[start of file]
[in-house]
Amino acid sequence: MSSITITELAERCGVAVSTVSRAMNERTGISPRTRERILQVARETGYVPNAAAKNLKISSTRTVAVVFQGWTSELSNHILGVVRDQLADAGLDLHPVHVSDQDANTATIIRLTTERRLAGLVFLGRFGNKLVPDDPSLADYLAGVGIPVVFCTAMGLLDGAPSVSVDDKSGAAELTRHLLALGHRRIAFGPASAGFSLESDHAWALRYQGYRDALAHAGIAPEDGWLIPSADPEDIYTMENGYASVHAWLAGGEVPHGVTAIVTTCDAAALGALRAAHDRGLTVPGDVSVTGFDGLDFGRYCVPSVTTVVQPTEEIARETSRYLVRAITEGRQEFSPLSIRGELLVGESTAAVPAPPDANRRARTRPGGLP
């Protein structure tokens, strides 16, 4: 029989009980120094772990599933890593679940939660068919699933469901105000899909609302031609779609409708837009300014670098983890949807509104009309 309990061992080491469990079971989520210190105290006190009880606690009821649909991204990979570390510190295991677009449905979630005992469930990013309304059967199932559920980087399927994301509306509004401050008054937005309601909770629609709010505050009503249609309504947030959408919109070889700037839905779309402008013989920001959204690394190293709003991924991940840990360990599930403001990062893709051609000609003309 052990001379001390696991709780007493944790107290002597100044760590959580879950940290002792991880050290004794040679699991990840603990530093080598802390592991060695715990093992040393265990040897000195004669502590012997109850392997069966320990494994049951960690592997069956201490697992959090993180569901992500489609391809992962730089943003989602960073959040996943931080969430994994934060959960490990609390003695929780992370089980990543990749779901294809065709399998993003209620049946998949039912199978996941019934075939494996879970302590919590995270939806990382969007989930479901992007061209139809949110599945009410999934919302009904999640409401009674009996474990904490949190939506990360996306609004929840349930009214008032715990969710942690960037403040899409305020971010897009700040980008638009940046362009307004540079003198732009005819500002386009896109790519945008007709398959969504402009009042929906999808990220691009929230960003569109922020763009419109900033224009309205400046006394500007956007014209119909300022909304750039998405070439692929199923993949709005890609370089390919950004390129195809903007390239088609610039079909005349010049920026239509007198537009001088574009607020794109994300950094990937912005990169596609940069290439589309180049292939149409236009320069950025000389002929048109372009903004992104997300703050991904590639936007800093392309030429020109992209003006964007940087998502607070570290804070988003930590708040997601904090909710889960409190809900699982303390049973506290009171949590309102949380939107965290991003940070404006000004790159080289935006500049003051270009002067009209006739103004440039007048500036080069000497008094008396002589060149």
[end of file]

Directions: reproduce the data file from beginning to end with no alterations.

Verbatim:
[in-house]
Amino acid sequence: MSSITITELAERCGVAVSTVSRAMNERTGISPRTRERILQVARETGYVPNAAAKNLKISSTRTVAVVFQGWTSELSNHILGVVRDQLADAGLDLHPVHVSDQDANTATIIRLTTERRLAGLVFLGRFGNKLVPDDPSLADYLAGVGIPVVFCTAMGLLDGAPSVSVDDKSGAAELTRHLLALGHRRIAFGPASAGFSLESDHAWALRYQGYRDALAHAGIAPEDGWLIPSADPEDIYTMENGYASVHAWLAGGEVPHGVTAIVTTCDAAALGALRAAHDRGLTVPGDVSVTGFDGLDFGRYCVPSVTTVVQPTEEIARETSRYLVRAITEGRQEFSPLSIRGELLVGESTAAVPAPPDANRRARTRPGGLP
């Protein structure tokens, strides 16, 4: 029989009980120094772990599933890593679940939660068919699933469901105000899909609302031609779609409708837009300014670098983890949807509104009309 309990061992080491469990079971989520210190105290006190009880606690009821649909991204990979570390510190295991677009449905979630005992469930990013309304059967199932559920980087399927994301509306509004401050008054937005309601909770629609709010505050009503249609309504947030959408919109070889700037839905779309402008013989920001959204690394190293709003991924991940840990360990599930403001990062893709051609000609003309 052990001379001390696991709780007493944790107290002597100044760590959580879950940290002792991880050290004794040679699991990840603990530093080598802390592991060695715990093992040393265990040897000195004669502590012997109850392997069966320990494994049951960690592997069956201490697992959090993180569901992500489609391809992962730089943003989602960073959040996943931080969430994994934060959960490990609390003695929780992370089980990543990749779901294809065709399998993003209620049946998949039912199978996941019934075939494996879970302590919590995270939806990382969007989930479901992007061209139809949110599945009410999934919302009904999640409401009674009996474990904490949190939506990360996306609004929840349930009214008032715990969710942690960037403040899409305020971010897009700040980008638009940046362009307004540079003198732009005819500002386009896109790519945008007709398959969504402009009042929906999808990220691009929230960003569109922020763009419109900033224009309205400046006394500007956007014209119909300022909304750039998405070439692929199923993949709005890609370089390919950004390129195809903007390239088609610039079909005349010049920026239509007198537009001088574009607020794109994300950094990937912005990169596609940069290439589309180049292939149409236009320069950025000389002929048109372009903004992104997300703050991904590639936007800093392309030429020109992209003006964007940087998502607070570290804070988003930590708040997601904090909710889960409190809900699982303390049973506290009171949590309102949380939107965290991003940070404006000004790159080289935006500049003051270009002067009209006739103004440039007048500036080069000497008094008396002589060149």